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'Secret Witness' Detained in Politkovskaya Killing

Politkovskaya, seen in 2004, was known for her criticism of the Kremlin. Igor Tabakov

Investigators have detained the suspected organizer of the murder of journalist Anna Politkovskaya in 2006 — who, it turns out, was a mumbling secret witness for prosecutors at a failed trial into her killing.

Politkovskaya's family and colleagues welcomed the development but said it should have come years ago. They also voiced fears that the suspect, retired senior Moscow police investigator Dmitry Pavlyuchenkov, would be made a scapegoat, allowing the still-unidentified mastermind of the killing to evade justice.

Pavlyuchenkov was detained late Tuesday, and a Moscow district court is expected to authorize his arrest Thursday, the Investigative Committee said.

Investigators believe that Pavlyuchenkov arranged the murder of Politkovskaya, a Novaya Gazeta reporter who was shot dead in her apartment building in downtown Moscow, after being contacted by the mastermind, the committee said in a statement Wednesday.

The committee did not specify the price of the contract killing but said it "has information about the alleged mastermind of the crime." No details were available.

The committee said Pavlyuchenkov assembled a team to carry out the killing. Earlier reports said the team comprised three Chechen brothers with the surname Makhmudov — Rustam, Ibragim and Dzhabrail — and a former officer with Moscow police's anti-mafia department, Sergei Khadzhikurbanov.

Pavlyuchenkov, who served as chief of a Moscow police investigative unit at the time, ordered his police subordinates to trail Politkovskaya to "determine her daily routes around the city," it said.

He is also suspected of procuring the gun used by the suspected triggerman, Rustam Makhmudov, who spent five years on the run in Europe but was arrested in May upon his return to Chechnya.

The other two Makhmudovs are accused of helping track Politkovskaya, while Khadzhikurbanov is considered a middleman in the case.

The case against the three fell apart when a jury acquitted them in 2009. But the Supreme Court overturned the verdict, prompting a new investigation, which is in progress.

Pavlyuchenkov tried to pin the blame on the team after the killing, testifying against them at the 2009 trial, Novaya Gazeta said Wednesday.

He was known as a "secret witness" at the time, speaking to the court from behind closed doors amid fears for his safety. His identity, however, was known to the press from numerous leaks, including by lawyers.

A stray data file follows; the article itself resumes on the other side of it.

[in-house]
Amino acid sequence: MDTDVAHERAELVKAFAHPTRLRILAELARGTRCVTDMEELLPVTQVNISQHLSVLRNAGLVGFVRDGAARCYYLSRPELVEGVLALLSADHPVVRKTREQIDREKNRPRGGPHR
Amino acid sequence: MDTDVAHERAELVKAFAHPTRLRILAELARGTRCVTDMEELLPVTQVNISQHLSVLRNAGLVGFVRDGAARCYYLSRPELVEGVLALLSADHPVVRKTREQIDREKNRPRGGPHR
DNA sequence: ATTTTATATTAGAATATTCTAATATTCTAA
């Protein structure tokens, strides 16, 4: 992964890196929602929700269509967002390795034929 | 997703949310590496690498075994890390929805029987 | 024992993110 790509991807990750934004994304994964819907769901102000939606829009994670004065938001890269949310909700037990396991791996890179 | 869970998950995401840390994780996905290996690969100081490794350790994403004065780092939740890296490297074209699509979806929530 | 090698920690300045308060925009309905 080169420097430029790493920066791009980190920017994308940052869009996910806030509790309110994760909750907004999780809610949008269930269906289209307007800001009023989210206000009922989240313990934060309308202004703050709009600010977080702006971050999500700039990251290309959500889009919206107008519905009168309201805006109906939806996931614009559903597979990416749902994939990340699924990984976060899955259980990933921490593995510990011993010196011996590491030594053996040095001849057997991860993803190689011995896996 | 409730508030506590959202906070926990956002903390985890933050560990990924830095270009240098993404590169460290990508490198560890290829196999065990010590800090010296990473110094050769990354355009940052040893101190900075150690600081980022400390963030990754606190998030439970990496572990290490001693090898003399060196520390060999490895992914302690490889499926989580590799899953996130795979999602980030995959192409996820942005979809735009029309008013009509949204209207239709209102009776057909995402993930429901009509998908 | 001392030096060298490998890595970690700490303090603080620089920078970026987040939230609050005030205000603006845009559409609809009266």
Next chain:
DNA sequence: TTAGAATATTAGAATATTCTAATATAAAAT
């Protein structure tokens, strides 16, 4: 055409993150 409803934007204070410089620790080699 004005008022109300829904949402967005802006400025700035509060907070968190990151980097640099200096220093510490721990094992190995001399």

Pavlyuchenkov also implicated Khadzhikurbanov in a separate case, accusing the former officer in 2008 of extorting $350,000 from him, the report said.

Khadzhikurbanov was sentenced to eight years in prison in that case in 2010. Novaya Gazeta speculated that the money might have been payment for Politkovskaya's killing.

Anna Stavitskaya, a lawyer for Politkovskaya's son and daughter, praised the latest development Wednesday but said "it could have been done years before."

She said Pavlyuchenkov had cut a suspicious figure back at the 2009 trial. "He was presented as the main witness who could sway the whole jury, but everyone, myself included, was very surprised and disappointed … by his mumbling," she told The Moscow Times by telephone.

Novaya Gazeta editor-in-chief, Dmitry Muratov, also backed Pavlyuchenkov's arrest, saying an independent investigation by the paper had linked him to the killing.

"Pavlyuchenkov set up a business under the former police leadership; anyone could book police surveillance for $100 an hour," Muratov said in an interview with the Kommersant radio station.

Reporters Without Borders welcomed Pavlyuchenkov's detention as "a major step that is long overdue."

"We are pleased that after four years of foot-dragging there now seems to be a real determination to press ahead with the investigation," the group said in an e-mailed statement.

But both Muratov and Stavitskaya remained skeptical about a smattering of reports Wednesday that investigators were closing in on Pavlyuchenkov's employer.

"As of now, I regard it as a PR stunt by the investigators," Stavitskaya said. "Let them find and jail [the mastermind]. Then I'll reconsider."

Reporters Without Borders voiced worries that the case might not be seen through to the end. "As it advances, the security services will be strongly tempted to restrict blame to a few people who have already been identified and to close the case as soon as possible," it said, calling for the investigation to press on and expose the mastermind behind the killing.

Politkovskaya, 48, was known for her biting criticism of the Kremlin, including in the Western media, and her investigative reporting on rights abuses in the country, especially in the North Caucasus.

International human rights groups have championed her killing as a prime example of rampant rights abuse in Russia that they say are condoned by the Kremlin.

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